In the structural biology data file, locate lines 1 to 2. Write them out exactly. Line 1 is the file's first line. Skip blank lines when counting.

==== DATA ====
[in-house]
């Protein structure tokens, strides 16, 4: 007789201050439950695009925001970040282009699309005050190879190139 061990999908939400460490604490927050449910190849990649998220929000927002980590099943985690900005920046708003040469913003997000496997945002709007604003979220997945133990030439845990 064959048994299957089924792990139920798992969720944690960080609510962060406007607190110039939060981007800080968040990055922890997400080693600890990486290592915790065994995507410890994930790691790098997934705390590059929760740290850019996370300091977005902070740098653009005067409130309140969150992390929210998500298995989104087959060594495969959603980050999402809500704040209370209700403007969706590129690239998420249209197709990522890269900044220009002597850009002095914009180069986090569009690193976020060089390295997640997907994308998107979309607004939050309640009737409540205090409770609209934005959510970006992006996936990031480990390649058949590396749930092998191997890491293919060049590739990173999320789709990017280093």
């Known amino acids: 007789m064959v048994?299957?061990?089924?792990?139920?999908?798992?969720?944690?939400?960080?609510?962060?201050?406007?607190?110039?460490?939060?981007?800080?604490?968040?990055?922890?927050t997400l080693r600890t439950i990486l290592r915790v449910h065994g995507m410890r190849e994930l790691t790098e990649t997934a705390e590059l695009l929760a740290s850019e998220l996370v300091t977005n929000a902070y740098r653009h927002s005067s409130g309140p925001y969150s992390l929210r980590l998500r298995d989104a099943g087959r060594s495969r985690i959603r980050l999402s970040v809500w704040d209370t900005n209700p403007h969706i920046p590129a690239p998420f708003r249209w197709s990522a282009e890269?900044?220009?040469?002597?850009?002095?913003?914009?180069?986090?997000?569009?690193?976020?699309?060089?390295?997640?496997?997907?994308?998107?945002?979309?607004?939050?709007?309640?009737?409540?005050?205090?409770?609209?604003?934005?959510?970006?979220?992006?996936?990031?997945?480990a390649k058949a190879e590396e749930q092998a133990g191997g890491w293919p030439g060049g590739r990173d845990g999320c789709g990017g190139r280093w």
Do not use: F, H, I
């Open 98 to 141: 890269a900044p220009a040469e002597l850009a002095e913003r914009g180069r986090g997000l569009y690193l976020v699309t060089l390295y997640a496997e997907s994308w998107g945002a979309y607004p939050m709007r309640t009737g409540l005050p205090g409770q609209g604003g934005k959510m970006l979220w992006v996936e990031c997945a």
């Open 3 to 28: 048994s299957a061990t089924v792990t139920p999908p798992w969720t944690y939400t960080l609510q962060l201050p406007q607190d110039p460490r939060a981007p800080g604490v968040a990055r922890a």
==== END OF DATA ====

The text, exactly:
[in-house]
């Protein structure tokens, strides 16, 4: 007789201050439950695009925001970040282009699309005050190879190139 061990999908939400460490604490927050449910190849990649998220929000927002980590099943985690900005920046708003040469913003997000496997945002709007604003979220997945133990030439845990 064959048994299957089924792990139920798992969720944690960080609510962060406007607190110039939060981007800080968040990055922890997400080693600890990486290592915790065994995507410890994930790691790098997934705390590059929760740290850019996370300091977005902070740098653009005067409130309140969150992390929210998500298995989104087959060594495969959603980050999402809500704040209370209700403007969706590129690239998420249209197709990522890269900044220009002597850009002095914009180069986090569009690193976020060089390295997640997907994308998107979309607004939050309640009737409540205090409770609209934005959510970006992006996936990031480990390649058949590396749930092998191997890491293919060049590739990173999320789709990017280093």